If there shall be properties in the hands of the church, or any individuals of it, more than is necessary for their support after this first consecration, which is a residue to be consecrated unto the bishop, it shall be kept to administer to those who have not, from time to time, that every man who has need may be amply supplied and receive according to his wants. (D&C 42:33)

Let my servant Edward Partridge [the presiding bishop] … appoint unto this people their portions, every man equal according to his family, according to his circumstances and his wants and needs. … Let the bishop appoint a storehouse unto this church; and let all things both in money and in meat, which are more than is needful for the wants of this people, be kept in the hands of the bishop. (D&C 51:3, 13)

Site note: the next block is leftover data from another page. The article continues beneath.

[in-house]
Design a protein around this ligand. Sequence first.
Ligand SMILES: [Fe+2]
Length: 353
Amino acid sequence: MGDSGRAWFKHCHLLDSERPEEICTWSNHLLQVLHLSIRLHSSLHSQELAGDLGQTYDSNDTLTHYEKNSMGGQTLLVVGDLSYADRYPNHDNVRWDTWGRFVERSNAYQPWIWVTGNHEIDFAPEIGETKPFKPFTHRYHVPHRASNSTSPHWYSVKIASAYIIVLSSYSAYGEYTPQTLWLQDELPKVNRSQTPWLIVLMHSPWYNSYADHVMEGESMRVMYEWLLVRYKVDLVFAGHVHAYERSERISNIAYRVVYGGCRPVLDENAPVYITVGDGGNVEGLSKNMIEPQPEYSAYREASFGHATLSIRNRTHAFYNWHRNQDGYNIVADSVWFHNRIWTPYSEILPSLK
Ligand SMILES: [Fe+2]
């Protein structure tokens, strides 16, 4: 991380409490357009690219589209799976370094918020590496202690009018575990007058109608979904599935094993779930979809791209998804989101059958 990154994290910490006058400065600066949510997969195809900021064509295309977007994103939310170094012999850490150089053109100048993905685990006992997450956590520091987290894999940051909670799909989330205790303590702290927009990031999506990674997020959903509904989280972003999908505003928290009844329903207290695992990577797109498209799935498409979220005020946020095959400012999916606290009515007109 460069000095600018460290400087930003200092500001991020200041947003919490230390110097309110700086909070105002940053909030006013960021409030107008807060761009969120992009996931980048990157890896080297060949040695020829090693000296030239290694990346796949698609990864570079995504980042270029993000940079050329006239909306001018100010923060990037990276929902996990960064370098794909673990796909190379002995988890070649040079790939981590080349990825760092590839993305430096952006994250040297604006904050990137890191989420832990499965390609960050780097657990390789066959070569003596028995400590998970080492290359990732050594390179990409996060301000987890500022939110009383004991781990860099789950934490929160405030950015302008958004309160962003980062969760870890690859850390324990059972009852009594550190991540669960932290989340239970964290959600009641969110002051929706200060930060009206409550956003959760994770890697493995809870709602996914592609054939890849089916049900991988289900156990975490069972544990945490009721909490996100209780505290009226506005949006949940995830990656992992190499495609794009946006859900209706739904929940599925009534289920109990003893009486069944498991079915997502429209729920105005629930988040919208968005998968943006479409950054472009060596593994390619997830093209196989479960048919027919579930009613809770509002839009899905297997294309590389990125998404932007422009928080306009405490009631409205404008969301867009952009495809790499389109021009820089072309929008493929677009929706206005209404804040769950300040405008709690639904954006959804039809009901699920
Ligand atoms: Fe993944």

Nevertheless, inasmuch as they receive more than is needful for their necessities and their wants, it shall be given into my storehouse. (D&C 70:7)

You are to be equal, or in other words, you are to have equal claims on the properties, for the benefit of managing the concerns of your stewardships, every man according to his wants and his needs, inasmuch as his wants are just. (D&C 82:17)

These verses all seem to imply that through obedience, the Lord is prepared to meet not only our needs, but also our wants.

One objection needs to be addressed right off: the definition of wants as used in the scriptures. Nowadays, want usually means desire, as in wish, crave, or demand.4 Thus, want is frequently contrasted with need in contemporary speech.